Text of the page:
Friday, 24 April 2015

show certificate of merit

Way back about 8 or 9 years ago Neka became the first Finnish Lapphund to win the Show Certificate of Merit, at a time when it was the only title available for Lappies to win.  It's a Kennel Club award that dogs can achieve through success at open shows, collecting points for Best of Breed, Best Any Variety Not Separately Classified and Group wins. 

I am thrilled that, with Jane, Emmi has become the first Infindigo Lappy to win the title and she now officially has some letters after her name.

Infindigo Riemu Emmi ShCM
Emmi posing with her winnings - photo (c) Mark Treasure

There was cake.  There might even have been a bottle (or two) of Prosecco as well.

Not only did Emmi get her ShCM, but she got the last few points she needed (with some to spare) in fine style by winning Group 1 at Chippenham & District Society show under judge Barry Blundon.  Here she is strutting her stuff with Jane in the group.

Emmi has many strings to her bow - in addition to having her Show Certificate of Merit, she has also recently been confirmed as a Pets as Therapy dog and is now waiting for her first placement.  She is also the first Infindigo to do that.  Beauty, brains and terrific character - Neka and I are so proud.

Friday, 10 April 2015

12 miles on Dartmoor

Actually I'm not entirely sure it was 12, but the road sign said 6 miles each way.  Granted I was only on the road for part of the way, but I'm saying 12 just the same.

We started out on Widecombe-in-the-Moor.  Remember the last time I attempted this walk?  Well, the weather on this occasion was marginally better.  At least it wasn't raining.  But the visibility was pretty dire at first nonetheless.

There is meant to be a moor in that fog somewhere

Maija ready for her hike

A long, steep climb up onto the moor

The views were *supposed* to be wonderful along this walk

Somewhere in the guidebook between "follow the directions carefully because the path is not well marked" and "head for the earthworks you can see on the far hill" I decided to abandon the planned walk.  It seemed like a good idea not to try and follow a route that was dependent on the view.  So I picked a path that was well marked and followed it to where it ended at a road.  Then I followed the road for another hour or so until I reached Postbridge, at which point I turned about-face and retraced my steps all the way back to Widecombe.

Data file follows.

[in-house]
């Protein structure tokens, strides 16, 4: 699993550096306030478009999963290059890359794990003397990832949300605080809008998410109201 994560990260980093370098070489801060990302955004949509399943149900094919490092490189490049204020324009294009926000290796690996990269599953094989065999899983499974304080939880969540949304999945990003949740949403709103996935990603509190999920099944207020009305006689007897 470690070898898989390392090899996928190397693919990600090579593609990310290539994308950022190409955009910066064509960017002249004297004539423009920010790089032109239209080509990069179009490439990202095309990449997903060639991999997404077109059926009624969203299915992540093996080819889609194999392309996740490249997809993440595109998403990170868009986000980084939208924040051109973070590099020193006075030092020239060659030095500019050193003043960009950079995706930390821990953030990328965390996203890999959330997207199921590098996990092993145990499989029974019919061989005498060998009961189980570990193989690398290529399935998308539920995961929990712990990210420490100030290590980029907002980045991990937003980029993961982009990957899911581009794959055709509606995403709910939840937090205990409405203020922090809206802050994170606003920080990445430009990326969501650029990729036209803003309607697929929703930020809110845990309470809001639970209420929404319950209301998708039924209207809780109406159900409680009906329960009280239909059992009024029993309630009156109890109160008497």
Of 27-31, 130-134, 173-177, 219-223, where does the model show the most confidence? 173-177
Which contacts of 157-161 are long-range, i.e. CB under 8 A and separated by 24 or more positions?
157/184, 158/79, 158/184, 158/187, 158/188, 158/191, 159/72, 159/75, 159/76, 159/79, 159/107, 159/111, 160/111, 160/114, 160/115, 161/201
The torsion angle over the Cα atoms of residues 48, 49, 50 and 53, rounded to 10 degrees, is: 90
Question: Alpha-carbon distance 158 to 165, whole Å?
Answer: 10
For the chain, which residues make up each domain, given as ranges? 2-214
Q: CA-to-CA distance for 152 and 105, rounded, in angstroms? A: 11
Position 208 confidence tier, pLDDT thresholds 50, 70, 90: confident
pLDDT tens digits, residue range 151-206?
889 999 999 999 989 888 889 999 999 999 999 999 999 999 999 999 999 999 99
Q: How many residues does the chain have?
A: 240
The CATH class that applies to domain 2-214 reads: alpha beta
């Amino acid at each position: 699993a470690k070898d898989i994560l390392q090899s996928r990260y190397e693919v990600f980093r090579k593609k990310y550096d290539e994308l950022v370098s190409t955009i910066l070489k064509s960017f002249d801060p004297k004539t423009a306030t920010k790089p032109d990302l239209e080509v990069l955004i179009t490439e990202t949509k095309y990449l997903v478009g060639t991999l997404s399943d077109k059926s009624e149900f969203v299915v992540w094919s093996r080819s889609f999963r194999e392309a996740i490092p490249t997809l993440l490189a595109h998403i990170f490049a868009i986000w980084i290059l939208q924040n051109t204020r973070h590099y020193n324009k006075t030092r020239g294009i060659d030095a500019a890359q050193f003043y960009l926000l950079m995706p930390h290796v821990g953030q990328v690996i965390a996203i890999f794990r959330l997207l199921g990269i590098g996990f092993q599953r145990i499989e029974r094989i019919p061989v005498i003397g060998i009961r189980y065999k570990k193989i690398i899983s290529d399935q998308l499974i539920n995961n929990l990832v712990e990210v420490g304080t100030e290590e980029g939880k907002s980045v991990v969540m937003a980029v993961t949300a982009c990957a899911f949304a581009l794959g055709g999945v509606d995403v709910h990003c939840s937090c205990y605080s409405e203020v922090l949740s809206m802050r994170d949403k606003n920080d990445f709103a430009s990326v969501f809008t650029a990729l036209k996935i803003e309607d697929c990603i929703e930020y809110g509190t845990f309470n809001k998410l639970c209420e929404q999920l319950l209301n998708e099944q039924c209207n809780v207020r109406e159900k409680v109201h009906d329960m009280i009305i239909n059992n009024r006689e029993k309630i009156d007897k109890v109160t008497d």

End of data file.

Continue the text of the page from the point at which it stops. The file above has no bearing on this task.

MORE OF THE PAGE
The weather was an improving picture as I went.

A definite improvement

Eventually the fog burned off, the clouds cleared and the incredibly blue Dartmoor sky finally appeared.  And when it did, the views were indeed far-reaching and pretty damn fine.

Hard to believe it's the same day

It was a great walk, although it was getting pretty warm for the dogs by the time the sky completely cleared and my rucksack full of water bottles was getting pretty heavy.

Along the way we found an unexpected stone circle, of the sort Dartmoor is famous for.  This one is the Ringastan (Soussons cairn circle).

There were cows and wild ponies a-plenty and oodles of sheep and their tiny newborn lambs.

Maija with a curious & friendly Dartmoor pony

Eating gorse - pregnant ladies really will eat anything

I even had the opportunity to rescue a tiny lamb who had somehow managed to get on the wrong side of the gate.  She was frantically crying for her mother who was on the other side frantically bleating to her.  I managed to open the gate wide enough for her to squeeze through and the sweet purring sounds the ewe made when reunited with her baby I won't forget in a hurry.

Mama & baby reunited

Of course there was the obligatory river and old stone bridge, not to mention one or two really wonderful stone houses.

When we made it back to the car, the girls were happy to rest in the shade for a while before we headed home.